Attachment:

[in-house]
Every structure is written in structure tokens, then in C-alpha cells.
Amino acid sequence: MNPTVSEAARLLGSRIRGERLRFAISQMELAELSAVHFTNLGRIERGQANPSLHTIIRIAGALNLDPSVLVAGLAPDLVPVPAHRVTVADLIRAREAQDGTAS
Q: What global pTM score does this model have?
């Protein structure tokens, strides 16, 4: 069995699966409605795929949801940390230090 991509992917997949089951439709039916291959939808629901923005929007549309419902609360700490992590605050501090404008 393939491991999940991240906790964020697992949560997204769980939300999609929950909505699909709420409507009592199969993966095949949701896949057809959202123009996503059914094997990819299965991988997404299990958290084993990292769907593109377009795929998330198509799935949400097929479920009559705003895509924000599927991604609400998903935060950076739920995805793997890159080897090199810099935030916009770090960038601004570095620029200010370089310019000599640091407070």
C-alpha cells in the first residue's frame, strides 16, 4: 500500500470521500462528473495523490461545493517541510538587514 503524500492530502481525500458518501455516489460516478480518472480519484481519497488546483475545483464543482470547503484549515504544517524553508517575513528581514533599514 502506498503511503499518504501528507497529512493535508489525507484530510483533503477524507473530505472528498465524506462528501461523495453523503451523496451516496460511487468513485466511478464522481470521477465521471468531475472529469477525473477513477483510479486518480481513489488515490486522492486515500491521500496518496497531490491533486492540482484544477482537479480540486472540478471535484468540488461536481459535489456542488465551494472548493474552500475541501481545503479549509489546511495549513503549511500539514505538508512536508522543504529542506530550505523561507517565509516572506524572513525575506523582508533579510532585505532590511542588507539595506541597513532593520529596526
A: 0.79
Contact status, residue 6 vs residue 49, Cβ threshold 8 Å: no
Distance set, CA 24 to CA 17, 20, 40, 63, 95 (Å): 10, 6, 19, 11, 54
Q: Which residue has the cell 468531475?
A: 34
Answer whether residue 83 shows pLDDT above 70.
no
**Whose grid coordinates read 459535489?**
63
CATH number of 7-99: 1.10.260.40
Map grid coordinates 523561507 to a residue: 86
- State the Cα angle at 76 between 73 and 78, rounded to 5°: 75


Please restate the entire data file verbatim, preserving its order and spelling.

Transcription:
[in-house]
Every structure is written in structure tokens, then in C-alpha cells.
Amino acid sequence: MNPTVSEAARLLGSRIRGERLRFAISQMELAELSAVHFTNLGRIERGQANPSLHTIIRIAGALNLDPSVLVAGLAPDLVPVPAHRVTVADLIRAREAQDGTAS
Q: What global pTM score does this model have?
């Protein structure tokens, strides 16, 4: 069995699966409605795929949801940390230090 991509992917997949089951439709039916291959939808629901923005929007549309419902609360700490992590605050501090404008 393939491991999940991240906790964020697992949560997204769980939300999609929950909505699909709420409507009592199969993966095949949701896949057809959202123009996503059914094997990819299965991988997404299990958290084993990292769907593109377009795929998330198509799935949400097929479920009559705003895509924000599927991604609400998903935060950076739920995805793997890159080897090199810099935030916009770090960038601004570095620029200010370089310019000599640091407070």
C-alpha cells in the first residue's frame, strides 16, 4: 500500500470521500462528473495523490461545493517541510538587514 503524500492530502481525500458518501455516489460516478480518472480519484481519497488546483475545483464543482470547503484549515504544517524553508517575513528581514533599514 502506498503511503499518504501528507497529512493535508489525507484530510483533503477524507473530505472528498465524506462528501461523495453523503451523496451516496460511487468513485466511478464522481470521477465521471468531475472529469477525473477513477483510479486518480481513489488515490486522492486515500491521500496518496497531490491533486492540482484544477482537479480540486472540478471535484468540488461536481459535489456542488465551494472548493474552500475541501481545503479549509489546511495549513503549511500539514505538508512536508522543504529542506530550505523561507517565509516572506524572513525575506523582508533579510532585505532590511542588507539595506541597513532593520529596526
A: 0.79
Contact status, residue 6 vs residue 49, Cβ threshold 8 Å: no
Distance set, CA 24 to CA 17, 20, 40, 63, 95 (Å): 10, 6, 19, 11, 54
Q: Which residue has the cell 468531475?
A: 34
Answer whether residue 83 shows pLDDT above 70.
no
**Whose grid coordinates read 459535489?**
63
CATH number of 7-99: 1.10.260.40
Map grid coordinates 523561507 to a residue: 86
- State the Cα angle at 76 between 73 and 78, rounded to 5°: 75